Any computer user, whether it be a business or consumer, would want to protect their most important data from loss and theft. There are many potential dangers that threaten to compromise the security of your data, from hackers to viruses to hardware breakages. In fact, financial companies have been increasingly barraged by the most skilled hackers over the past year alone. Attacks extend from computers and servers to smartphones and tablets.
While cyber criminals and scam artists continue to become trickier and more elusive, there have been data security upgrades launched to counteract such unlawful activities. Making yourself updated to both the positives and negatives of the data security market will give you an edge against combating hackers and malicious software.
Mobile Data Security
While most documented data security attacks pummeled desktop and laptop computers, smartphones and handheld devices have been a neglected part of data security. Today, mobile phones are also becoming a target of security breaches and intrusions. This is perhaps due to the fact that more and more financial firms enable their workforce to bring their personal mobile phones and use them for work-related purposes. At present, mobile security is a chief concern, at least for IT sectors.
Only a few phone users recognize their smart phones are actual computers, and comprise tons of confidential information ranging from bank account passwords to corporate documents to data found in email accounts. Another new strategy that is now seeing a drastic increase is “smishing,” which involves the intruders sending an SMS with an attached link. The message encourages the recipient to view an image or a game. Once the recipient clicks the link, malicious software is automatically downloaded on the mobile device and hackers are free to steal any data that is saved on their mobile phone.
Another latest update involves mobile applications. Nowadays, you can find thousands of mobile apps on the market, and it seems batches of these programs are being released every week or so. Phone users hardly look at the app developer’s information prior downloading the application. If not assessed appropriately, the application can covertly download malicious software. Studies show that android phones are more prone to these attacks than Apple phones since the OS is more open to developers.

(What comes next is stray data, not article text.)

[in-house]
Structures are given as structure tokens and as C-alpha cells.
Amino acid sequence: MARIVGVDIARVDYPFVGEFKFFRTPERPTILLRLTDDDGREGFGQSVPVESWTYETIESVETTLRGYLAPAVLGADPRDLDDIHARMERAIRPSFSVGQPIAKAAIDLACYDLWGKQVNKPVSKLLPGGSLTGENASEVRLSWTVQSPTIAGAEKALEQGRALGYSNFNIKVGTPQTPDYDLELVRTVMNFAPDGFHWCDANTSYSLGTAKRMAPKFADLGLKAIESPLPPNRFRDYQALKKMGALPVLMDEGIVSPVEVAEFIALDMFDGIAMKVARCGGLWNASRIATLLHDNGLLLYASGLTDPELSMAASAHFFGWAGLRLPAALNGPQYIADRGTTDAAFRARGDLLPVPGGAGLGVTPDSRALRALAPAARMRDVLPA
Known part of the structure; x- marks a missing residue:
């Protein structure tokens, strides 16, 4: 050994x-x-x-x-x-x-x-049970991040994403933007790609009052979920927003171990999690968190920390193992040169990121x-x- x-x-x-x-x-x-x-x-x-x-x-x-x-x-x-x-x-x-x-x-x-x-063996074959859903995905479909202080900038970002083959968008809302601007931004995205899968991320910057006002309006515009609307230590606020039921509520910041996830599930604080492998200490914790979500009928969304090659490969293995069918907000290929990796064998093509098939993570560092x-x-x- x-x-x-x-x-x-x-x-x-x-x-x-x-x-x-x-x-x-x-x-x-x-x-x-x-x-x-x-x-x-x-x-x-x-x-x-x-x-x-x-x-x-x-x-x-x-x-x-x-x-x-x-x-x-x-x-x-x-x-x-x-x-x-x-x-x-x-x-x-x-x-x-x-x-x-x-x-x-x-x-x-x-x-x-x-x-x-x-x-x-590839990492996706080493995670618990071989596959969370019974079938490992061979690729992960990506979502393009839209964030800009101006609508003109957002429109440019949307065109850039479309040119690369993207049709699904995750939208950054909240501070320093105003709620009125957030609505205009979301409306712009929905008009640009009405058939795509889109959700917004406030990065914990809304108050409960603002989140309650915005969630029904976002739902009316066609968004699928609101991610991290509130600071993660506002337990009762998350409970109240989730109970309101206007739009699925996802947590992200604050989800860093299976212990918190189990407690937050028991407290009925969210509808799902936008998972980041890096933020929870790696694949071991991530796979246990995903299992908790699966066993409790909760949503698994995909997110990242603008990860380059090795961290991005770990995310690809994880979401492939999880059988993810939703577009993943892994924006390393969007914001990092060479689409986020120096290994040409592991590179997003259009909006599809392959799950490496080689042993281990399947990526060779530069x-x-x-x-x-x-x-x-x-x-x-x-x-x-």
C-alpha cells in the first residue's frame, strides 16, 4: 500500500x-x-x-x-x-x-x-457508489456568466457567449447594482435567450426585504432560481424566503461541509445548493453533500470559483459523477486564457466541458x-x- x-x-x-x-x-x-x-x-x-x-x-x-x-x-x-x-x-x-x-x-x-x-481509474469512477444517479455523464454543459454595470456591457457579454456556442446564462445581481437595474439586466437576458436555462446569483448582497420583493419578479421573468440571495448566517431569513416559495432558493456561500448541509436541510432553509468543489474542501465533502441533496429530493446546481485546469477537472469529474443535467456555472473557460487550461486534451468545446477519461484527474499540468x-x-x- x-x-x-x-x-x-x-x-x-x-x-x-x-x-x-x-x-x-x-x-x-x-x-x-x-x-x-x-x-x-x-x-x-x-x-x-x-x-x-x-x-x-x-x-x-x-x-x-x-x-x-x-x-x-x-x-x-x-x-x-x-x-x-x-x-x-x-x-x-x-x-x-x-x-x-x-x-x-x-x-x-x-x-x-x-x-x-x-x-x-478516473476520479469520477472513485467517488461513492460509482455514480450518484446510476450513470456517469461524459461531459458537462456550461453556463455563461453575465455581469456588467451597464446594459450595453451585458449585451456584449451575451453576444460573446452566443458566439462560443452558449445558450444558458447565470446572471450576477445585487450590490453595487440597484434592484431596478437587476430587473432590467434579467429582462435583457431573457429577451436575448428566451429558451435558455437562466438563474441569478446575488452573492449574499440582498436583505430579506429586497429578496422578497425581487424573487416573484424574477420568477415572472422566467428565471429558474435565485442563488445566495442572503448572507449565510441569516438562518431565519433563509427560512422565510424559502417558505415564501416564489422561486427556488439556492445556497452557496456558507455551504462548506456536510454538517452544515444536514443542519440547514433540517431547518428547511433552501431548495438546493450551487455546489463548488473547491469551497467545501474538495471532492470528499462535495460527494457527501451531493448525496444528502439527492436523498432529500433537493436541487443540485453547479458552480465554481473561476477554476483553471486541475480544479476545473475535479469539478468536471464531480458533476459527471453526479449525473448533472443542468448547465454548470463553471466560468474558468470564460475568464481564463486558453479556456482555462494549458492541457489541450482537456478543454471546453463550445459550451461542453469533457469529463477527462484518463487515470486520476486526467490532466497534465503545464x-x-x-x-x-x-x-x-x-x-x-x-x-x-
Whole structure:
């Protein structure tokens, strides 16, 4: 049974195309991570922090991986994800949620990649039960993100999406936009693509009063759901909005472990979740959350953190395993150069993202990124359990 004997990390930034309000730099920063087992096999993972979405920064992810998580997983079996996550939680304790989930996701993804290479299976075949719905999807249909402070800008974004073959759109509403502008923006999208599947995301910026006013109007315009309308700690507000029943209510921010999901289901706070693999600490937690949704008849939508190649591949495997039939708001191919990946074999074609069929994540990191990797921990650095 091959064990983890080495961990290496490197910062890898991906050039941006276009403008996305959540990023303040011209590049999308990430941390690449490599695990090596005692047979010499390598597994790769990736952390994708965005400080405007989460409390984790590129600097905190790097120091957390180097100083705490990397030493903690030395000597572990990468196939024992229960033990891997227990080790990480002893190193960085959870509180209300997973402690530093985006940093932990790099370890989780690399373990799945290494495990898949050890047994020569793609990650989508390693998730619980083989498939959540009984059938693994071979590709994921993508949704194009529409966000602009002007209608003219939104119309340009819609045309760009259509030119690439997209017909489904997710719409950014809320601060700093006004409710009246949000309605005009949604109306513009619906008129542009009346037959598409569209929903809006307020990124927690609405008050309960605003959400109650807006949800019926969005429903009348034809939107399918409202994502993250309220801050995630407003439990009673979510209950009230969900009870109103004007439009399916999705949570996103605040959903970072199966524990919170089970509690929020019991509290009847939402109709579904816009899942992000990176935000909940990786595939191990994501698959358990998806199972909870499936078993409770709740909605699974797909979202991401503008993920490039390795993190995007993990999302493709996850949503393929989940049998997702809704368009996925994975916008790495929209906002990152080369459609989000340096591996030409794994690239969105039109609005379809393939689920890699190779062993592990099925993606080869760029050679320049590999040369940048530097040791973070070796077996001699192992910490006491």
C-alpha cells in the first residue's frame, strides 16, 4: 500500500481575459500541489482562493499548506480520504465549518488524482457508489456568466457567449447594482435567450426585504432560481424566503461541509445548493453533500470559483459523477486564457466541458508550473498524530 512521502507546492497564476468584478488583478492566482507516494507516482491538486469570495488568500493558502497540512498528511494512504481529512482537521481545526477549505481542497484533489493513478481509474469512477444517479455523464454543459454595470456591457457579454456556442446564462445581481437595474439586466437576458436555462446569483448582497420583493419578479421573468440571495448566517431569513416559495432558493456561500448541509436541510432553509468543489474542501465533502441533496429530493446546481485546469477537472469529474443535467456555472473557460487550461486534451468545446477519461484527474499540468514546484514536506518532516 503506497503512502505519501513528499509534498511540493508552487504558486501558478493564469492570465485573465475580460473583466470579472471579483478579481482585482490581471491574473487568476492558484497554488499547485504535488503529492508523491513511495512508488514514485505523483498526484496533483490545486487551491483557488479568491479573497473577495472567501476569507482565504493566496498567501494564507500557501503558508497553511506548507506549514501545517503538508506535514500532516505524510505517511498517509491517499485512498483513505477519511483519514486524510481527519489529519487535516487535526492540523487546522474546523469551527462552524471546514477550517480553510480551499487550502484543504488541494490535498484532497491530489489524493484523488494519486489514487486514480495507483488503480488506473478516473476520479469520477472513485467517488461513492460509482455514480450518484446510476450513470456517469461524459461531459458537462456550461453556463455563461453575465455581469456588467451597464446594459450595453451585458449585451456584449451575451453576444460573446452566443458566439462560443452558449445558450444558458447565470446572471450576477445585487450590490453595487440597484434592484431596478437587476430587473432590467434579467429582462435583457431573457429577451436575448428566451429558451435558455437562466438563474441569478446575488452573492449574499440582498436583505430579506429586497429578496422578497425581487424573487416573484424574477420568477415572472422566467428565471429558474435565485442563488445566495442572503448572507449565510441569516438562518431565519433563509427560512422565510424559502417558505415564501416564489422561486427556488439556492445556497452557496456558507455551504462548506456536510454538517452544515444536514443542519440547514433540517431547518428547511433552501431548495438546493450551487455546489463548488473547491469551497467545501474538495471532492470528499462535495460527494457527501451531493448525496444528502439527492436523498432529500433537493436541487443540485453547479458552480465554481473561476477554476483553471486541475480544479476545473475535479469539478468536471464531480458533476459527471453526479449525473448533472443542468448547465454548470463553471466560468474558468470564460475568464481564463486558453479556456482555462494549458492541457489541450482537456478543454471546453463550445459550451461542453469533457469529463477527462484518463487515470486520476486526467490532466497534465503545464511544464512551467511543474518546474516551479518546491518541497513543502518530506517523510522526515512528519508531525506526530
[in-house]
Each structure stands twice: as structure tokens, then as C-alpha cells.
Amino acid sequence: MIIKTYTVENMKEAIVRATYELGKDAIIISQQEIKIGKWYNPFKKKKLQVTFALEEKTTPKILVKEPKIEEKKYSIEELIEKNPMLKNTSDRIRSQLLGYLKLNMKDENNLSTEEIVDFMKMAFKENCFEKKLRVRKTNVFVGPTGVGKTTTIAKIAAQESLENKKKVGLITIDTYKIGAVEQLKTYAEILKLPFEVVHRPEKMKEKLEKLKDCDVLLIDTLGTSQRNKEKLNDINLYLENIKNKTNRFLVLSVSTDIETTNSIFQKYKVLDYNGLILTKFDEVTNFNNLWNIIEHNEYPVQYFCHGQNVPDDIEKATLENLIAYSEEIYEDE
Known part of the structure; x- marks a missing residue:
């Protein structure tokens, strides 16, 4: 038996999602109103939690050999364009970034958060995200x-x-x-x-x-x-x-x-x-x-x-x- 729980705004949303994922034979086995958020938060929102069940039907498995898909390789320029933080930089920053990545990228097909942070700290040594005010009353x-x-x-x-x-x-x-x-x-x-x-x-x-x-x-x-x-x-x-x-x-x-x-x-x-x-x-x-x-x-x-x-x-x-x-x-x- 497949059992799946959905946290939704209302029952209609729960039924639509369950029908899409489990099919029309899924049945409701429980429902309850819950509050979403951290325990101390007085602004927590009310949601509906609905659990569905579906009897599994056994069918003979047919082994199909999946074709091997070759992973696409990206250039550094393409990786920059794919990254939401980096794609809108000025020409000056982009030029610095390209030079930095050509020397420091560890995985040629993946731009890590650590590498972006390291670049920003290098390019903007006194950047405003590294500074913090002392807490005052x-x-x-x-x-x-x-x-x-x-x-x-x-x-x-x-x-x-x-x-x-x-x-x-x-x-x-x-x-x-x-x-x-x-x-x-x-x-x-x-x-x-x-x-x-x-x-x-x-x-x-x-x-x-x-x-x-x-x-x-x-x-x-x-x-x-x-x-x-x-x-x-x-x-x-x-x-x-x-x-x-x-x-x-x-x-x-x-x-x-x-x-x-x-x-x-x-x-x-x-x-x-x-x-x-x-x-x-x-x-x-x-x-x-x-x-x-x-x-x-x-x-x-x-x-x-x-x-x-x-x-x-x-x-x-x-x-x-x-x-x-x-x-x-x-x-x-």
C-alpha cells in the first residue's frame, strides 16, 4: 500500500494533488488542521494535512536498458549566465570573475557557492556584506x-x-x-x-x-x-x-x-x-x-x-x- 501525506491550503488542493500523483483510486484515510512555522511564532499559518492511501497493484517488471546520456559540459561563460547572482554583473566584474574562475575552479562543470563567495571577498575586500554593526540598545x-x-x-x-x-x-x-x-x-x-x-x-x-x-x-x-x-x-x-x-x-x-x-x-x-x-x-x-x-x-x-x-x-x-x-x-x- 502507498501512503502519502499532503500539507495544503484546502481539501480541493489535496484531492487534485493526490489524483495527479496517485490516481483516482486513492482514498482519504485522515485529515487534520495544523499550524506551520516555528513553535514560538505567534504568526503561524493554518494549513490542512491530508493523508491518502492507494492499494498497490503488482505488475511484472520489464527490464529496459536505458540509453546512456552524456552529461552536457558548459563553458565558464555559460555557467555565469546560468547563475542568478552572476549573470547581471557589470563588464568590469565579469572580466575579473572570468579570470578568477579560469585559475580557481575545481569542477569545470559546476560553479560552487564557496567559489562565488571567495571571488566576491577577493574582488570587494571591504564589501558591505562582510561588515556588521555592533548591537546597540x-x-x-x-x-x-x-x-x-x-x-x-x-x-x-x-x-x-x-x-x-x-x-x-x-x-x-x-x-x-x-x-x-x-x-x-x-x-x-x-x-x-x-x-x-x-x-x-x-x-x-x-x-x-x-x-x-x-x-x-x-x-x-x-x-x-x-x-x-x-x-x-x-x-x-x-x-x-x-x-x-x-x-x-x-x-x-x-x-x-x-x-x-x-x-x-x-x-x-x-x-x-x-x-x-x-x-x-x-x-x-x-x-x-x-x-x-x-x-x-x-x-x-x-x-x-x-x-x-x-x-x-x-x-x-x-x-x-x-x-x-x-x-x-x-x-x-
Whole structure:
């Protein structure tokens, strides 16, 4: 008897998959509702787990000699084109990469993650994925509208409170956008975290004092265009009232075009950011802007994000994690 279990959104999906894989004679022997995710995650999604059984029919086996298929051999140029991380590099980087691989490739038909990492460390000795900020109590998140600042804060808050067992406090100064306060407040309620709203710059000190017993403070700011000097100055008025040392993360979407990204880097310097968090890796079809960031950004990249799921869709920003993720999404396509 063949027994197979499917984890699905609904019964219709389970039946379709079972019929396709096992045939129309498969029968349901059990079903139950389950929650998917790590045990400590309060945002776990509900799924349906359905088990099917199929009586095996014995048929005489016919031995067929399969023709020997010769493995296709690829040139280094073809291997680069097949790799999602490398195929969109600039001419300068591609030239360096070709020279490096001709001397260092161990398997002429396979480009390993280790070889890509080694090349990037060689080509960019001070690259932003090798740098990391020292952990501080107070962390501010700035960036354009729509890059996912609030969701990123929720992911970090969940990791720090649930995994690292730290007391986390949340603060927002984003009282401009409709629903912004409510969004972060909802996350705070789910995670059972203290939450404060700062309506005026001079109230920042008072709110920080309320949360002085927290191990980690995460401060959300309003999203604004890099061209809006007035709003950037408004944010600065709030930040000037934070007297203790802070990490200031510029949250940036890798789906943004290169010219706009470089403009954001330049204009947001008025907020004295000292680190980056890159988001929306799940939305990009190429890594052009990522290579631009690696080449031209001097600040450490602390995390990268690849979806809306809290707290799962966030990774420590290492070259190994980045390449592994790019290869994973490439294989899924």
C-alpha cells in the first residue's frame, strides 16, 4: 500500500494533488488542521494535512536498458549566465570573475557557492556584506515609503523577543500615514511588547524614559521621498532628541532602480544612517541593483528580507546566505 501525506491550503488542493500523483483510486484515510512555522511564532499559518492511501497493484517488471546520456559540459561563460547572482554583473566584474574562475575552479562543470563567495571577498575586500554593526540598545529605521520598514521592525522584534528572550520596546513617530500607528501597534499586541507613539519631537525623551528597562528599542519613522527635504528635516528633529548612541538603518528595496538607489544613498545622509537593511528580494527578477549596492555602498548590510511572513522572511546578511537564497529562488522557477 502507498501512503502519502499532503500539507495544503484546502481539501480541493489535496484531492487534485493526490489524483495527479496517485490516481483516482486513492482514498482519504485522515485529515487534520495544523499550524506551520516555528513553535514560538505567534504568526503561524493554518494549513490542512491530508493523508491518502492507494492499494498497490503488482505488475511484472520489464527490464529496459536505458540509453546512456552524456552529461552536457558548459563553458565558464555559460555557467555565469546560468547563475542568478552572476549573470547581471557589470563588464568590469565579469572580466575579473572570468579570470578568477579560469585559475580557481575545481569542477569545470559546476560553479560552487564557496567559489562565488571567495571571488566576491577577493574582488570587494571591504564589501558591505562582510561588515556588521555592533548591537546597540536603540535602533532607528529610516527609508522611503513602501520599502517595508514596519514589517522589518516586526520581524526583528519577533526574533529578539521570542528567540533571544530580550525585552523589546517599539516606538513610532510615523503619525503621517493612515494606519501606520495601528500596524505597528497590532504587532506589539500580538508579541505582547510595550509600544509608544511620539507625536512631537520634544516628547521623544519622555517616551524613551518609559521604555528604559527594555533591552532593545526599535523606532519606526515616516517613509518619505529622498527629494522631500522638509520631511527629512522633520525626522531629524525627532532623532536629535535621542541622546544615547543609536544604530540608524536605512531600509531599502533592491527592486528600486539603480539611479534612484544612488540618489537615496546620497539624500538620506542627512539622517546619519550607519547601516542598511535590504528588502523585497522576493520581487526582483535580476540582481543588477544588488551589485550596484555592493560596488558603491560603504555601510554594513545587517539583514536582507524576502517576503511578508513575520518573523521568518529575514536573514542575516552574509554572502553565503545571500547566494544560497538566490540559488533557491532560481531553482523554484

Cyber Spy Attacks
Malicious software continue to advance at a fast pace. A category that is now gaining recognition in the market is the malicious software specifically designed for commercial espionage. These attacks are typically hidden to present security protocols and undetected by even the latest anti-malware program. This, however, does not necessarily mean you should deactivate your anti-malware solution as it can still continue to defend your data by detecting and eliminating threats.
In addition, anti-malware programs are getting more and more superior as better versions are introduced to the market. Modern versions are now able to identify potential dangers solely based on behavior. But if it fails to detect the risks and you suddenly find that your networks have been compromised and information is leaking, you can immediately commence the appropriate damage assessment and start implementing remediation practices.
Protecting Yourself from Espionage Attacks
Most likely, these attacks have been designed with data sourced from the inside. This enables hackers to smooth out the point of entry into your interface. To appropriately safeguard your firm and its properties in the best means possible against these possible spy intrusions, it is crucial to have extra precautionary measures integrated. This includes assessing who is authorized to access vital business data, bringing and using your own devices for work, safeguarding crucial infrastructures, and detecting unforeseen behavioral patterns. For more information on staying safe with data security, click here.
Brian Jensen works with Dell. In his spare time he enjoys traveling, cooking and spending time with his family. He has a passion for learning and writing about all things technology.